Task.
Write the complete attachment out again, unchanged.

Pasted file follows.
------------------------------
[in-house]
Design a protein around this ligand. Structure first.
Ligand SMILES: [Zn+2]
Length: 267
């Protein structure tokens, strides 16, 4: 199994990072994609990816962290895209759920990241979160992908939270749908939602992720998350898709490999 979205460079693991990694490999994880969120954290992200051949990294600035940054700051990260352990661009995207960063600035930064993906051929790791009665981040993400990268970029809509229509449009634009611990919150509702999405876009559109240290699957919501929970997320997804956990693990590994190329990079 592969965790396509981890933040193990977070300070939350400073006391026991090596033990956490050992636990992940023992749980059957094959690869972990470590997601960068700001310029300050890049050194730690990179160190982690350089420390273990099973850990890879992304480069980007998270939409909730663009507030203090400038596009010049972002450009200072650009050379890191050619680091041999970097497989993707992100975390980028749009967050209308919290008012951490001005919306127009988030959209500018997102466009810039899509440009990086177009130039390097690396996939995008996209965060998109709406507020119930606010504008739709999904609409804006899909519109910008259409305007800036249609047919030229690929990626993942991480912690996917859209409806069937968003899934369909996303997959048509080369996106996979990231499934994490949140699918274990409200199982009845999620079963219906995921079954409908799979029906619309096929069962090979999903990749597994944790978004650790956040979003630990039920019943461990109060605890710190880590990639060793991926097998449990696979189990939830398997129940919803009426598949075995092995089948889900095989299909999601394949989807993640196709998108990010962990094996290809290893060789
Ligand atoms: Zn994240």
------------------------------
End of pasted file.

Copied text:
[in-house]
Design a protein around this ligand. Structure first.
Ligand SMILES: [Zn+2]
Length: 267
């Protein structure tokens, strides 16, 4: 199994990072994609990816962290895209759920990241979160992908939270749908939602992720998350898709490999 979205460079693991990694490999994880969120954290992200051949990294600035940054700051990260352990661009995207960063600035930064993906051929790791009665981040993400990268970029809509229509449009634009611990919150509702999405876009559109240290699957919501929970997320997804956990693990590994190329990079 592969965790396509981890933040193990977070300070939350400073006391026991090596033990956490050992636990992940023992749980059957094959690869972990470590997601960068700001310029300050890049050194730690990179160190982690350089420390273990099973850990890879992304480069980007998270939409909730663009507030203090400038596009010049972002450009200072650009050379890191050619680091041999970097497989993707992100975390980028749009967050209308919290008012951490001005919306127009988030959209500018997102466009810039899509440009990086177009130039390097690396996939995008996209965060998109709406507020119930606010504008739709999904609409804006899909519109910008259409305007800036249609047919030229690929990626993942991480912690996917859209409806069937968003899934369909996303997959048509080369996106996979990231499934994490949140699918274990409200199982009845999620079963219906995921079954409908799979029906619309096929069962090979999903990749597994944790978004650790956040979003630990039920019943461990109060605890710190880590990639060793991926097998449990696979189990939830398997129940919803009426598949075995092995089948889900095989299909999601394949989807993640196709998108990010962990094996290809290893060789
Ligand atoms: Zn994240």